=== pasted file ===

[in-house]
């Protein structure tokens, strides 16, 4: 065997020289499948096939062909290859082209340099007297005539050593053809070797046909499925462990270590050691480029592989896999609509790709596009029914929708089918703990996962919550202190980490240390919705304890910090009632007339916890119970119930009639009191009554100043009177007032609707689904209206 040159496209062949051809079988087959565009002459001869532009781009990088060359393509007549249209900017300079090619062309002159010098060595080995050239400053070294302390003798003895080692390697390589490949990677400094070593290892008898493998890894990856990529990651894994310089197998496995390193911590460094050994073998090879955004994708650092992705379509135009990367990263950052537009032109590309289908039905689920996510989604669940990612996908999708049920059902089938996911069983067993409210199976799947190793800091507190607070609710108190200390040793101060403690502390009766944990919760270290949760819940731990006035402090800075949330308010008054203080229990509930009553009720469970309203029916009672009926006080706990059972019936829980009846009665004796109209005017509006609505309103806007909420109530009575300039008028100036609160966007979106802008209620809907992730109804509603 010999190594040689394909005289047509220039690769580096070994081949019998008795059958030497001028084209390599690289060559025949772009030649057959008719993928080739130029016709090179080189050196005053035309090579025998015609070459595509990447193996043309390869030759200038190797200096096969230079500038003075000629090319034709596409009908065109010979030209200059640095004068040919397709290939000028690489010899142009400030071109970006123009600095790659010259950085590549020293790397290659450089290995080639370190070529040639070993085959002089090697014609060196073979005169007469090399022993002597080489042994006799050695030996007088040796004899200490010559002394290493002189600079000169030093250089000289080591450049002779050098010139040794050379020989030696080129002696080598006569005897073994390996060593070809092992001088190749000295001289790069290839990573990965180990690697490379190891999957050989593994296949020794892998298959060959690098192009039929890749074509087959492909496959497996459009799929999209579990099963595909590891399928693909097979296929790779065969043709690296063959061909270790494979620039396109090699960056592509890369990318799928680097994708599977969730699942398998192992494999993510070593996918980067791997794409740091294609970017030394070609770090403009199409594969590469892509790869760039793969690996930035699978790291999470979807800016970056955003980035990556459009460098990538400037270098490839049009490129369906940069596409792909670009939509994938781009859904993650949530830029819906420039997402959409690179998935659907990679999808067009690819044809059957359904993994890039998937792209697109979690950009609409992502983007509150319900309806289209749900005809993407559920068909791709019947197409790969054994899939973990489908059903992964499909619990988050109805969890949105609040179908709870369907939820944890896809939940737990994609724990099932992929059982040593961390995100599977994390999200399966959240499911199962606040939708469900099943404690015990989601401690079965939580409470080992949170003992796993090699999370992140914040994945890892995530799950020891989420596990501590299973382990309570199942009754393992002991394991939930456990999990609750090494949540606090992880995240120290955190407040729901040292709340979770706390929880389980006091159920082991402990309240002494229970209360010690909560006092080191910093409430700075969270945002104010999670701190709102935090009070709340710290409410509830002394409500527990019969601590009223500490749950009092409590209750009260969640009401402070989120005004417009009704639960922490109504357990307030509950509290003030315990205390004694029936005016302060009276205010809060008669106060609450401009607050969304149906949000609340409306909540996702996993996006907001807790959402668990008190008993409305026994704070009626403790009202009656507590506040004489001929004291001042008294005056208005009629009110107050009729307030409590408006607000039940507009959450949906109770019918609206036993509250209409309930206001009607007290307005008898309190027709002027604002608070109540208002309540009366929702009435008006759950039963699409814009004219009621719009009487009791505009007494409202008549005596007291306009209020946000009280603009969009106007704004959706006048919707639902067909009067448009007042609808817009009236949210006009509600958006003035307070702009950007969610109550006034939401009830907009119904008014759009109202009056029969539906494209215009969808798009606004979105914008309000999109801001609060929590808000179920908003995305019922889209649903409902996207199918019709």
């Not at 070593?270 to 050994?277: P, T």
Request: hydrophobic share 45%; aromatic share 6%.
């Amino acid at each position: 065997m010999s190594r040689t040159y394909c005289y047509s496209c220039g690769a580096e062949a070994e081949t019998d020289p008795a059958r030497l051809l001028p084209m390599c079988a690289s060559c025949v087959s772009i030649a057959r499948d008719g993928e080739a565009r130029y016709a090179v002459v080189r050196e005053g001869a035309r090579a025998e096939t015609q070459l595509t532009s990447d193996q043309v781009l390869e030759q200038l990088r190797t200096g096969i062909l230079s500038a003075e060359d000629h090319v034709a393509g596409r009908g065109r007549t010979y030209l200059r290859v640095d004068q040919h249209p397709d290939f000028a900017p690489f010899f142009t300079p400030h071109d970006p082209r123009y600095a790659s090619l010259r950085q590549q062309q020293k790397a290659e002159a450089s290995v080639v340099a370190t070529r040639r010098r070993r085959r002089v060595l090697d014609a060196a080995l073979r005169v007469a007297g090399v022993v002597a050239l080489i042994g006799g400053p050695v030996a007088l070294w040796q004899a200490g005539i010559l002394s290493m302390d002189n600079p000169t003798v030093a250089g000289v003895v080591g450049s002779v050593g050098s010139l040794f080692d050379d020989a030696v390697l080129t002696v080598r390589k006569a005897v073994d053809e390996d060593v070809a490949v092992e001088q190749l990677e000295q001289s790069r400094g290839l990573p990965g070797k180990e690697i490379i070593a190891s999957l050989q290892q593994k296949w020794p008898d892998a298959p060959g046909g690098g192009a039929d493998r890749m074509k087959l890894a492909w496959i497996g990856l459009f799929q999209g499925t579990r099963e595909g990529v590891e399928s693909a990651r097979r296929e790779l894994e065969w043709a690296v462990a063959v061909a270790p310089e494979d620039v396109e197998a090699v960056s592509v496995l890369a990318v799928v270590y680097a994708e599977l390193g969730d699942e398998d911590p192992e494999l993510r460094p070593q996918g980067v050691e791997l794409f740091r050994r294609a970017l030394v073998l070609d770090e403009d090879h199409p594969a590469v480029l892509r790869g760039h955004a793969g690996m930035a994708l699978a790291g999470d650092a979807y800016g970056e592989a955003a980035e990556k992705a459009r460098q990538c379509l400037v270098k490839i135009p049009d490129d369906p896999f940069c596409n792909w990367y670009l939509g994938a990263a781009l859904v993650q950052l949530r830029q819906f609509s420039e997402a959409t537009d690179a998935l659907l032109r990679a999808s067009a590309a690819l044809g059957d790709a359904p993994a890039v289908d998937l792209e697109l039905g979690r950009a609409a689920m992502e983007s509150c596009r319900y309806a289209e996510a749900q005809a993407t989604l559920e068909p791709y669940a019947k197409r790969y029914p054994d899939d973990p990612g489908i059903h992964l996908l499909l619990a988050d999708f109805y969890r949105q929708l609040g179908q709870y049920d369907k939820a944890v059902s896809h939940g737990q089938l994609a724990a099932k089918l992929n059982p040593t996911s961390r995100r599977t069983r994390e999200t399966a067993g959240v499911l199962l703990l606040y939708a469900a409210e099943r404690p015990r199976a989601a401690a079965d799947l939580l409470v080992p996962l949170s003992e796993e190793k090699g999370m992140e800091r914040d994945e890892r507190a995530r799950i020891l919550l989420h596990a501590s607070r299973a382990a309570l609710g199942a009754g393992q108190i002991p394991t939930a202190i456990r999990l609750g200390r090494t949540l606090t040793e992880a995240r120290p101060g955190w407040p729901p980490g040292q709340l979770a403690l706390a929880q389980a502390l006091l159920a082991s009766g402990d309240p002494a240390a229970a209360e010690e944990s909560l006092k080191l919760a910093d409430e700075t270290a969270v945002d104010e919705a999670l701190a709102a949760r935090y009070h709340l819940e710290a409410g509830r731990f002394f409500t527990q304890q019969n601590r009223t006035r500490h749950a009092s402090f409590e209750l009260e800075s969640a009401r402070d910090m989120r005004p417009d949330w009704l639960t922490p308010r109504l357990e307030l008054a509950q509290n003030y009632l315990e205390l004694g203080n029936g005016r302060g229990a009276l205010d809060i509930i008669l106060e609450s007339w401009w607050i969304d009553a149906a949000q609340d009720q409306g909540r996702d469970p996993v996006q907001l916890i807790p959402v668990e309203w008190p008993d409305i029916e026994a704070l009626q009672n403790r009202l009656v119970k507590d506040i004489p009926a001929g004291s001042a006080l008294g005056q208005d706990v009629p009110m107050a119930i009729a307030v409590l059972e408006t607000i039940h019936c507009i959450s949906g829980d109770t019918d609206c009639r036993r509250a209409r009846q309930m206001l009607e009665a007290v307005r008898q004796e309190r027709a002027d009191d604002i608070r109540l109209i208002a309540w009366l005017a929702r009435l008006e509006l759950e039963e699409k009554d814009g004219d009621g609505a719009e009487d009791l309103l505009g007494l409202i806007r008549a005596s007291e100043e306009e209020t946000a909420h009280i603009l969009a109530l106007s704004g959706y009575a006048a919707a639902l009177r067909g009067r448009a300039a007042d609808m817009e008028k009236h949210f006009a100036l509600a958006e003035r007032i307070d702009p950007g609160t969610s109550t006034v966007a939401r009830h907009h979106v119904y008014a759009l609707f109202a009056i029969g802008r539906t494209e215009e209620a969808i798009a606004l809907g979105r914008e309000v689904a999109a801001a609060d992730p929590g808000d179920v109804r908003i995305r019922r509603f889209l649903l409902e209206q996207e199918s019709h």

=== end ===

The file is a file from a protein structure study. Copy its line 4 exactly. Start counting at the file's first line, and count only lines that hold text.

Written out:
Request: hydrophobic share 45%; aromatic share 6%.